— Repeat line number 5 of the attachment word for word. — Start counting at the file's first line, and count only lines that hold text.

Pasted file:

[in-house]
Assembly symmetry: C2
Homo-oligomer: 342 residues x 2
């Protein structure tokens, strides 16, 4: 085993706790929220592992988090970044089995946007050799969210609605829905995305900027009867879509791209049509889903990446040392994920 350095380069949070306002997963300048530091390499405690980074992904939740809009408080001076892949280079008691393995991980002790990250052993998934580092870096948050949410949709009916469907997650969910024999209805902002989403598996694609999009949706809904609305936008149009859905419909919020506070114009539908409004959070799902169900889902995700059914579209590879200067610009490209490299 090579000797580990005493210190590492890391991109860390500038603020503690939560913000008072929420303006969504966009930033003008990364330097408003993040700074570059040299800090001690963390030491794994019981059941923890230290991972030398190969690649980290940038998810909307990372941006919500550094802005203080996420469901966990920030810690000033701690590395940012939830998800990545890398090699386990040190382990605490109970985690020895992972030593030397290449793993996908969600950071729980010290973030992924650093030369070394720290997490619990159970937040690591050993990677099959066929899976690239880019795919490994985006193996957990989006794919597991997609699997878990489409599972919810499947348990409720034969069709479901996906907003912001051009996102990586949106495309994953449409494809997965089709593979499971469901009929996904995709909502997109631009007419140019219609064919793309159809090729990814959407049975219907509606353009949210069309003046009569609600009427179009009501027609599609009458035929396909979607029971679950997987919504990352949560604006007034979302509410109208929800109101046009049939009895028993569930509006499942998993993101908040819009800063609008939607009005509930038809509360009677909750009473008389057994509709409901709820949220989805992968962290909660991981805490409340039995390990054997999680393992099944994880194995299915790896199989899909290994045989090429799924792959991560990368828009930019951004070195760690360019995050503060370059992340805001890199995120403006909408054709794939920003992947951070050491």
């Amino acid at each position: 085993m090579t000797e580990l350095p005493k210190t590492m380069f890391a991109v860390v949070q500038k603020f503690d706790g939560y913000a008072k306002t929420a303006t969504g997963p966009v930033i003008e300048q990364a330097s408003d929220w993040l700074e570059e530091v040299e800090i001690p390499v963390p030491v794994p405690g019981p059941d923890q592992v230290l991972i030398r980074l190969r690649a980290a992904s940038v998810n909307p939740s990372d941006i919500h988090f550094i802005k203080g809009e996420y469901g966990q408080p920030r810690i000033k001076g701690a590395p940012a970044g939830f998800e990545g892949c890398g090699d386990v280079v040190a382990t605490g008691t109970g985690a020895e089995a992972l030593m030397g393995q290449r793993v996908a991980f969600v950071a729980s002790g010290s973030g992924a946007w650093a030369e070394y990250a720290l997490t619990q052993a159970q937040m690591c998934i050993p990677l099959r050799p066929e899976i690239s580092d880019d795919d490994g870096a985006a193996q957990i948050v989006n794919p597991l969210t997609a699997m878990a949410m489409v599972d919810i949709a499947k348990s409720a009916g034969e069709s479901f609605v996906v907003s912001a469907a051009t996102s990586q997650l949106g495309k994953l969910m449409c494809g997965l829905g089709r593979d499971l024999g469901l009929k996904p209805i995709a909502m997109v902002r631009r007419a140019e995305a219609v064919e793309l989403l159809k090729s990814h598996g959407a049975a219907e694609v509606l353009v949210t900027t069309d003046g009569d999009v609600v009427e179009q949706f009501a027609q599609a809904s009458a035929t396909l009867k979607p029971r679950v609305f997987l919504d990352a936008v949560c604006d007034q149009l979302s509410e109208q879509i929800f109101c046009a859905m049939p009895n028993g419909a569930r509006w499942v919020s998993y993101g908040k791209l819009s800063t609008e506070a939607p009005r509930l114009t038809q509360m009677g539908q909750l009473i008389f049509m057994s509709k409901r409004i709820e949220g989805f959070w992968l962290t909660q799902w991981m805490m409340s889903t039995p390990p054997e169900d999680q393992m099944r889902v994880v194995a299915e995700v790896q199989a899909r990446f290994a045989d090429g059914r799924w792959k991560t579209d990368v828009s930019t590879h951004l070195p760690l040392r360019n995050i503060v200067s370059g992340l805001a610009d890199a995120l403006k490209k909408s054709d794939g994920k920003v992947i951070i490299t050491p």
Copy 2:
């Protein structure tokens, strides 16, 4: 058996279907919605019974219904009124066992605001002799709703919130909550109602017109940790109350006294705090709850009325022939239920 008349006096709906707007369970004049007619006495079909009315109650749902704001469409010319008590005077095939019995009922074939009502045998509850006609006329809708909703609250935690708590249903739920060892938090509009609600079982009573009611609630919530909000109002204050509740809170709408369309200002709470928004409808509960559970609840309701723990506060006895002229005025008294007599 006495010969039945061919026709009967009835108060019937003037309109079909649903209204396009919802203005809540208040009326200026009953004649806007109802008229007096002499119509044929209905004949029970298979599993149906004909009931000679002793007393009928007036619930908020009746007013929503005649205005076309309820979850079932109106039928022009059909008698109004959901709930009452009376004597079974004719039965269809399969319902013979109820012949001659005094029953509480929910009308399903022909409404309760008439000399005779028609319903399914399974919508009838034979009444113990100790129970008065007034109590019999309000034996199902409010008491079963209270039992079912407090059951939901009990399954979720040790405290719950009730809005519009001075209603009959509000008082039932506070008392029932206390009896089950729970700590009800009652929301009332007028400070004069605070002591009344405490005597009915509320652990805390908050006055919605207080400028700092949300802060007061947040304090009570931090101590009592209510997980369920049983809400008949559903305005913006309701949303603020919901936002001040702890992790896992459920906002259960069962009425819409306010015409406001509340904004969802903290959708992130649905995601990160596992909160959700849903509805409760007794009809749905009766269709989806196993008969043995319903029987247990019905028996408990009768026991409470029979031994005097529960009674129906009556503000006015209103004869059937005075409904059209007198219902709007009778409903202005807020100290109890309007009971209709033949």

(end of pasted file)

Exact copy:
């Amino acid at each position: 085993m090579t000797e580990l350095p005493k210190t590492m380069f890391a991109v860390v949070q500038k603020f503690d706790g939560y913000a008072k306002t929420a303006t969504g997963p966009v930033i003008e300048q990364a330097s408003d929220w993040l700074e570059e530091v040299e800090i001690p390499v963390p030491v794994p405690g019981p059941d923890q592992v230290l991972i030398r980074l190969r690649a980290a992904s940038v998810n909307p939740s990372d941006i919500h988090f550094i802005k203080g809009e996420y469901g966990q408080p920030r810690i000033k001076g701690a590395p940012a970044g939830f998800e990545g892949c890398g090699d386990v280079v040190a382990t605490g008691t109970g985690a020895e089995a992972l030593m030397g393995q290449r793993v996908a991980f969600v950071a729980s002790g010290s973030g992924a946007w650093a030369e070394y990250a720290l997490t619990q052993a159970q937040m690591c998934i050993p990677l099959r050799p066929e899976i690239s580092d880019d795919d490994g870096a985006a193996q957990i948050v989006n794919p597991l969210t997609a699997m878990a949410m489409v599972d919810i949709a499947k348990s409720a009916g034969e069709s479901f609605v996906v907003s912001a469907a051009t996102s990586q997650l949106g495309k994953l969910m449409c494809g997965l829905g089709r593979d499971l024999g469901l009929k996904p209805i995709a909502m997109v902002r631009r007419a140019e995305a219609v064919e793309l989403l159809k090729s990814h598996g959407a049975a219907e694609v509606l353009v949210t900027t069309d003046g009569d999009v609600v009427e179009q949706f009501a027609q599609a809904s009458a035929t396909l009867k979607p029971r679950v609305f997987l919504d990352a936008v949560c604006d007034q149009l979302s509410e109208q879509i929800f109101c046009a859905m049939p009895n028993g419909a569930r509006w499942v919020s998993y993101g908040k791209l819009s800063t609008e506070a939607p009005r509930l114009t038809q509360m009677g539908q909750l009473i008389f049509m057994s509709k409901r409004i709820e949220g989805f959070w992968l962290t909660q799902w991981m805490m409340s889903t039995p390990p054997e169900d999680q393992m099944r889902v994880v194995a299915e995700v790896q199989a899909r990446f290994a045989d090429g059914r799924w792959k991560t579209d990368v828009s930019t590879h951004l070195p760690l040392r360019n995050i503060v200067s370059g992340l805001a610009d890199a995120l403006k490209k909408s054709d794939g994920k920003v992947i951070i490299t050491p």